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Many consumers ascribe positive attributes to clean-label foods.
May 18, 2018
The belief that natural, organic and humane agricultural practices produce foods that are healthier, tastier or more nutritious is widespread among the general adult population. These convictions, especially among consumers who seek out products with a "clean" label, combined with rising concerns over food safety, have caused a notable shift in behavior when purchasing foods and beverages.
Market research firm Packaged Facts released a report, “Organic & Clean Label Food Consumer in the U.S.,” revealing that more than half (53%) of adults say they are buying more natural and organic foods than ever before, and nearly half are buying more organic foods through standard supermarkets as organic selections have expanded.
The study examined the dynamics of the current organic and clean-label landscape, including shifts in consumer usage rates, cross-usage, psychographics and demographics. The reasons for and implications of these shifts were analyzed in the context of future market opportunities for product manufacturers as well as for retail channels, including private-label and internet opportunities.
“Many consumers ascribe positive attributes to clean-label foods, even if they don’t personally partake,” Packaged Facts research director David Sprinkle said. “The food industry has seen a rise in adults who believe that various food products that are natural, boast organic or animal welfare credentials or make other claims to clean-label status taste better, are healthier, are more nutritious or are better for the environment.”
In painting a picture of the archetypal clean-label consumer, Packaged Facts’ research found that the consumer of organic/clean-label products tends to be informed, curious and engaged, active in the management of his or her own health and wellness and often highly educated and accomplished professionally. However, the study also found that there is a powerful emotional component to clean-label consumerism.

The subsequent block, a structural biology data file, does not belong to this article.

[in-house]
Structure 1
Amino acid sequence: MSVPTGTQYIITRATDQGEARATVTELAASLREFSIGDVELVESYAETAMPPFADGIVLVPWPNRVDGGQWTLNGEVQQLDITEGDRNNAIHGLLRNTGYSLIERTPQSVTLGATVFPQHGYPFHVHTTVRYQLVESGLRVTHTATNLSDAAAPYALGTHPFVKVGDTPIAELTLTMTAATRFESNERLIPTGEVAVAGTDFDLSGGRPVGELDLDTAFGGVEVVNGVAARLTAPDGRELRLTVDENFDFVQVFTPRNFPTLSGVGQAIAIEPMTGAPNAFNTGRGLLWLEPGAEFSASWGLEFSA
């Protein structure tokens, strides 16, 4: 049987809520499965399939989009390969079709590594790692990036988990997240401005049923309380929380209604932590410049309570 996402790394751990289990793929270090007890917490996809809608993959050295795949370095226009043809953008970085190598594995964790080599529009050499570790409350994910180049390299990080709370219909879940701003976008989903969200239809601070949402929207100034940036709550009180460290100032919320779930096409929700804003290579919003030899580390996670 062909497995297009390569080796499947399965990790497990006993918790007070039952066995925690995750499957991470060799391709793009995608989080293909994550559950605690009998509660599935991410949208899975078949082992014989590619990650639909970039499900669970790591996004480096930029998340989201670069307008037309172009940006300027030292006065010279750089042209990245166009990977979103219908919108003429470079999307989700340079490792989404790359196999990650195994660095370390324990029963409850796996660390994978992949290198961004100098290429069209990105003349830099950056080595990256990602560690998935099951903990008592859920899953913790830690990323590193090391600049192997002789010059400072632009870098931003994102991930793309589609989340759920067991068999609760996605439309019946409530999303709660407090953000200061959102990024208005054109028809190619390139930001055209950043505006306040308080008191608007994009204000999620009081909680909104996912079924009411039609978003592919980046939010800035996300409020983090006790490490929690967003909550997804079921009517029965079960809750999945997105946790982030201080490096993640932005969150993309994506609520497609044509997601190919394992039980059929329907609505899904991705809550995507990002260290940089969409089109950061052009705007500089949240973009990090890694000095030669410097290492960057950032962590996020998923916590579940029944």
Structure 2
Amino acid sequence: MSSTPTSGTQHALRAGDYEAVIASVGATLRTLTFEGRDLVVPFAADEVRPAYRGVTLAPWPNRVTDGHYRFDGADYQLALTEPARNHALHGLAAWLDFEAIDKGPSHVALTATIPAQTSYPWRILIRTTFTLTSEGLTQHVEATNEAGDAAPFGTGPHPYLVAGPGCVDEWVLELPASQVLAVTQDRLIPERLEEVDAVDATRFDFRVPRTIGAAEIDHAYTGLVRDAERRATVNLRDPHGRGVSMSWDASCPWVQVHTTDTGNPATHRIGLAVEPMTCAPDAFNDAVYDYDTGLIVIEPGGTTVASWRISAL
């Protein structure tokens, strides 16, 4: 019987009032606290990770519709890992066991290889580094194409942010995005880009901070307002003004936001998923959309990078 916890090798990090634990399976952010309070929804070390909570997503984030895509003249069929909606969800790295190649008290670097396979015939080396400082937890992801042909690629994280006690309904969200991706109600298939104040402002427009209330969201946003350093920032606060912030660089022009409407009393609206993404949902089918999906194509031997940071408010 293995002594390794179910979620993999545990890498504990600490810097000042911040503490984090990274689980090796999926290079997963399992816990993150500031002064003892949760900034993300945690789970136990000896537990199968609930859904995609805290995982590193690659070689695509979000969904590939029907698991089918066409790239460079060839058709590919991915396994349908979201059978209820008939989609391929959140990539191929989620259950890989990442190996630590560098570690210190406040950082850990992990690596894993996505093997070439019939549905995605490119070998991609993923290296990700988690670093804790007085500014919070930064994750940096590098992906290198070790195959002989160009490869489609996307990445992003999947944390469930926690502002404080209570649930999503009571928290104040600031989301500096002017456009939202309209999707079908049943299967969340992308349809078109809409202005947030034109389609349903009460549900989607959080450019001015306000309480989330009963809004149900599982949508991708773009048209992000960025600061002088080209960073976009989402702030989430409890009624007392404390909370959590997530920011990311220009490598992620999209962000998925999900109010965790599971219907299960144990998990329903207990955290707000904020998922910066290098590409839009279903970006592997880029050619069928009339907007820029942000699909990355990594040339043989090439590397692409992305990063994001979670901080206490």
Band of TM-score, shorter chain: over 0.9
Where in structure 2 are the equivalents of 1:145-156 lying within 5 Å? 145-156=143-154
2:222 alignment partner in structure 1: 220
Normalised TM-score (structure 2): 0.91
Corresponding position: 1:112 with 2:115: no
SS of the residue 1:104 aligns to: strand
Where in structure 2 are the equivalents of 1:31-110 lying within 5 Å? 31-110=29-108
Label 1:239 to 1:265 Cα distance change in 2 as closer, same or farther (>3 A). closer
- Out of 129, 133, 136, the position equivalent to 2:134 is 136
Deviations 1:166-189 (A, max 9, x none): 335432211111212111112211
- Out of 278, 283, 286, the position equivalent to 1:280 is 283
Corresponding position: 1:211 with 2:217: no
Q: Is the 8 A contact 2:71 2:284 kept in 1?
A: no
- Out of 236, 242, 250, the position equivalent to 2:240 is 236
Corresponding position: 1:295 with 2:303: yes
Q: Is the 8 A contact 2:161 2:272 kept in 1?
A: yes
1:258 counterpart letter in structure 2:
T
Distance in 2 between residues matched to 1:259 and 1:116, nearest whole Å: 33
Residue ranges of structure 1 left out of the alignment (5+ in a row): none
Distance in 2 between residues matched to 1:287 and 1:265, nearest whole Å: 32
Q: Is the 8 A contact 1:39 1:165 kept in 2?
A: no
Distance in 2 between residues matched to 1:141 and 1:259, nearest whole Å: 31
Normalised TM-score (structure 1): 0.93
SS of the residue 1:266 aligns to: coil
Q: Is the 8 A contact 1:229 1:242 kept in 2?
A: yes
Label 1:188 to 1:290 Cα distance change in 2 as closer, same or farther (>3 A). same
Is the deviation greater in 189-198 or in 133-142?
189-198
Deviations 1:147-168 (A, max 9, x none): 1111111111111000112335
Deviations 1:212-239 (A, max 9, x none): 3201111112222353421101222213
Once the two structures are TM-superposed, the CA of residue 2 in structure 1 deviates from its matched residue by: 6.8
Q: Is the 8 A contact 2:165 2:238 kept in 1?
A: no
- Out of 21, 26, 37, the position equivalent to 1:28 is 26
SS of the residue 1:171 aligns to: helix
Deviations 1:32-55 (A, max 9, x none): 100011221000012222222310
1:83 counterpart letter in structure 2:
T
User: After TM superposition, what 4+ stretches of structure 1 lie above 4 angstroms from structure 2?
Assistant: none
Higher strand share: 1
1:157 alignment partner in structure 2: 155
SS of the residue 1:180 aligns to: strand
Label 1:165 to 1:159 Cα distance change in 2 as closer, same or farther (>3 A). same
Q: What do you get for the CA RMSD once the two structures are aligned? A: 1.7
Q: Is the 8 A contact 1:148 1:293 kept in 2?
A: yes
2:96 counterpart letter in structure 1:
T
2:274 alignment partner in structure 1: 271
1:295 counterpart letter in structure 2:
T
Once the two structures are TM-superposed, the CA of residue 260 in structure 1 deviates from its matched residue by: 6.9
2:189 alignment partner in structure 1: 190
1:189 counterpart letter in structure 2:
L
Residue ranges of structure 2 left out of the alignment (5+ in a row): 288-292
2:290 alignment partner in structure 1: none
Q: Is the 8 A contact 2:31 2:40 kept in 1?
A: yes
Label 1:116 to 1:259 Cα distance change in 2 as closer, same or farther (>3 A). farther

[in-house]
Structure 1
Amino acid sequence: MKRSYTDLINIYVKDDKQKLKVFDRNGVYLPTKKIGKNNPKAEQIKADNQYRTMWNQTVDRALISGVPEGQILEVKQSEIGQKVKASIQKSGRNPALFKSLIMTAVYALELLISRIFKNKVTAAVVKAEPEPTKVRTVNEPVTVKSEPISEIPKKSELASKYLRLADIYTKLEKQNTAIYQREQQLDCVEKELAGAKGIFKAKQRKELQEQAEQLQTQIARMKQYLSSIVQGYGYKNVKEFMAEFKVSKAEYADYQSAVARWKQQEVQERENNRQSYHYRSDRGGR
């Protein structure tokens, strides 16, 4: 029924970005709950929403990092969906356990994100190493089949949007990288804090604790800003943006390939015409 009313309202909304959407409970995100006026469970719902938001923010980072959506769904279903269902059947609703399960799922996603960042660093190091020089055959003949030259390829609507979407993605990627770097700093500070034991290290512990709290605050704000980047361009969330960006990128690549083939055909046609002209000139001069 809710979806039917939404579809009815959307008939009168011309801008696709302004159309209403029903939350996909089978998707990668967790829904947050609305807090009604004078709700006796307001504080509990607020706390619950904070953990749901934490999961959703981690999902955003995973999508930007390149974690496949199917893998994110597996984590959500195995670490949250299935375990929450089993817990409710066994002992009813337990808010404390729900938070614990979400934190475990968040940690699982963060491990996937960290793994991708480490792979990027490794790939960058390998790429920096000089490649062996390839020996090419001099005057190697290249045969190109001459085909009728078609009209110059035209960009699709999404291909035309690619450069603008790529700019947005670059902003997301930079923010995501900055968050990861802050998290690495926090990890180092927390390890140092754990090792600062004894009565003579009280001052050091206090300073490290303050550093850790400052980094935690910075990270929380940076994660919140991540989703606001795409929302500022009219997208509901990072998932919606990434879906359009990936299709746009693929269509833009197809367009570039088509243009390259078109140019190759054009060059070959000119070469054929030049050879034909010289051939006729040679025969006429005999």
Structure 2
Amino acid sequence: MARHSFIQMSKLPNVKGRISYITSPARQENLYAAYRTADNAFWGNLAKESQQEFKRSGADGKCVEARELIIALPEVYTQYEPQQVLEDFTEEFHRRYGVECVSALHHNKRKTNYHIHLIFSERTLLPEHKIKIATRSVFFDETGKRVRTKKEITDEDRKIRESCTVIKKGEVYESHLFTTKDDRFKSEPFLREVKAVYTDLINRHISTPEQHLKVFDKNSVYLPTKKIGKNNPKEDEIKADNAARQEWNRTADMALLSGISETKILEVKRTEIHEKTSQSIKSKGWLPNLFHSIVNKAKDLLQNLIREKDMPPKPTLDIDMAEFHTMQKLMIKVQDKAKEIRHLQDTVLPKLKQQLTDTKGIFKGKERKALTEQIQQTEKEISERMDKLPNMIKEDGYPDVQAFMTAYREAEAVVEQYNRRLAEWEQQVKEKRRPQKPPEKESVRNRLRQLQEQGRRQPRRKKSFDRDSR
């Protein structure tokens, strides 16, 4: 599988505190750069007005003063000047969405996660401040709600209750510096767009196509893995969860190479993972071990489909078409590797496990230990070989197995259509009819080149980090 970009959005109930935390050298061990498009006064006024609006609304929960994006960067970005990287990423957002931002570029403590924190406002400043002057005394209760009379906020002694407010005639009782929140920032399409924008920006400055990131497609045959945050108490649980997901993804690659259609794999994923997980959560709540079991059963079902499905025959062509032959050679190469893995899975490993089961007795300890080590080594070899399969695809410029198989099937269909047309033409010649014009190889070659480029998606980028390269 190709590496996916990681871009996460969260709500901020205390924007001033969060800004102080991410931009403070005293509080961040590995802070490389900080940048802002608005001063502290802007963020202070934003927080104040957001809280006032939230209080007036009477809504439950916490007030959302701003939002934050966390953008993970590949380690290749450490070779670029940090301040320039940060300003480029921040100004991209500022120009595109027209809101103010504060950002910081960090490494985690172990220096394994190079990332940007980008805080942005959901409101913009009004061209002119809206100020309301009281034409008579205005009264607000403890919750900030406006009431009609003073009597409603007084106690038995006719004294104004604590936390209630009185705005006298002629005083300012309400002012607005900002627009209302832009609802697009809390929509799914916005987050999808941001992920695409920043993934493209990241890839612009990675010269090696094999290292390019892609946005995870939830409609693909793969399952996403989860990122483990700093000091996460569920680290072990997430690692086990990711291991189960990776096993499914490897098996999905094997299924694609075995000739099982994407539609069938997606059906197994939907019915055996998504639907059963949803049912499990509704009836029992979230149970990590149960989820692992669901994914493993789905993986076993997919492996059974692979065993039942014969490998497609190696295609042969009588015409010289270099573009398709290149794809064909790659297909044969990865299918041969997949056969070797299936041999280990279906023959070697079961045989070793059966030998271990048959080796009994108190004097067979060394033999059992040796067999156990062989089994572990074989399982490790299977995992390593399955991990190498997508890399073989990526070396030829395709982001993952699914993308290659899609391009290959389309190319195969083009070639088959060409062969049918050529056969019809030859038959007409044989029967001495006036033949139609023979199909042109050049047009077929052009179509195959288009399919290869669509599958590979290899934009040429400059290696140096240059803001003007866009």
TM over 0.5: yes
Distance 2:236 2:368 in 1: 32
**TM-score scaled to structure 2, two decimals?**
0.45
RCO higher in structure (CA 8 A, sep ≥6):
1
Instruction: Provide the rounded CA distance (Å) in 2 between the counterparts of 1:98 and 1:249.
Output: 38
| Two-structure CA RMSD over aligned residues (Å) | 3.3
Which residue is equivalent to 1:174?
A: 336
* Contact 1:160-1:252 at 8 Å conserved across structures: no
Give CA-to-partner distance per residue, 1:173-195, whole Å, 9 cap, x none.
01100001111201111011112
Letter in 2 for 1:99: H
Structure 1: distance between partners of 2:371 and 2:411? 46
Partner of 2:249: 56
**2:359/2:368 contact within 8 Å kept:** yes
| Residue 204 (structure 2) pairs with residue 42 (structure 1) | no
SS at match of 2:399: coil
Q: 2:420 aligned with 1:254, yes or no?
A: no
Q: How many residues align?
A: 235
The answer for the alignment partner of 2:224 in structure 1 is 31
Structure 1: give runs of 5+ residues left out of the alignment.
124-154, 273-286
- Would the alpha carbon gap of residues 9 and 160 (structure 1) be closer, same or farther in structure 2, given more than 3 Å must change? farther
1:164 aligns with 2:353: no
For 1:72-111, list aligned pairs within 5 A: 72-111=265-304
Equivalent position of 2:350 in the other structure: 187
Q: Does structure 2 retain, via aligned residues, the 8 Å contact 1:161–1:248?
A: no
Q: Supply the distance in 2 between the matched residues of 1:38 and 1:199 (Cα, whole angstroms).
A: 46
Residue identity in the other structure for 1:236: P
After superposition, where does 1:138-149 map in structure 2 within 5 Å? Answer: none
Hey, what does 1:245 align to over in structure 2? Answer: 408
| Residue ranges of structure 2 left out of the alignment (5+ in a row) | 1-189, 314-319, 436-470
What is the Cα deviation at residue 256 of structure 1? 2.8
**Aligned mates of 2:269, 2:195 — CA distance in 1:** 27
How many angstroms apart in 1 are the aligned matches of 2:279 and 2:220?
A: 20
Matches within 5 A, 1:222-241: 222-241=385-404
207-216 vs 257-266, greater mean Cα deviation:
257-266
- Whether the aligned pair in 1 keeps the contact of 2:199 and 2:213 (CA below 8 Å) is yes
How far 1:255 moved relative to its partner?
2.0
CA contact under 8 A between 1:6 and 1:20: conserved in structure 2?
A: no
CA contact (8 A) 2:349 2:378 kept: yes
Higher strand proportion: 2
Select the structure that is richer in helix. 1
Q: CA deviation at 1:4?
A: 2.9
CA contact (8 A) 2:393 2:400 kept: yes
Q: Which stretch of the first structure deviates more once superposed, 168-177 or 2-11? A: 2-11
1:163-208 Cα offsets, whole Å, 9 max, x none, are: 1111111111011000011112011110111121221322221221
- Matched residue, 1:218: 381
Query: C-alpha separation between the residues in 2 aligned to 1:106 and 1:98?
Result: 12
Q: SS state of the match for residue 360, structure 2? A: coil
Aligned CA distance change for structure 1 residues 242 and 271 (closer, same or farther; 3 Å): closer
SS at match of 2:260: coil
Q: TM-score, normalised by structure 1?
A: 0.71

“It’s personal,” Sprinkle explained. “It means connecting to the community and to the world, making choices that are possibly values driven or perhaps inspired by nostalgia for a simpler time and advocating for the well-being of animals raised for food, of growers in developing countries or of the planet.”
It can be empowering to those with this mentality, he added.
Further, Packaged Facts found that the following demographic features are seen disproportionately in organic and clean-label consumers:
Being a Millennial or younger Generation Xer;
Being of Hispanic or Asian ethnicity;
Residing in the Northeast or Pacific regions of the U.S.;
Possessing an advanced academic degree (beyond college);
Having children present in the household, particularly younger children, and
Having an annual household income of $100,000 or more.
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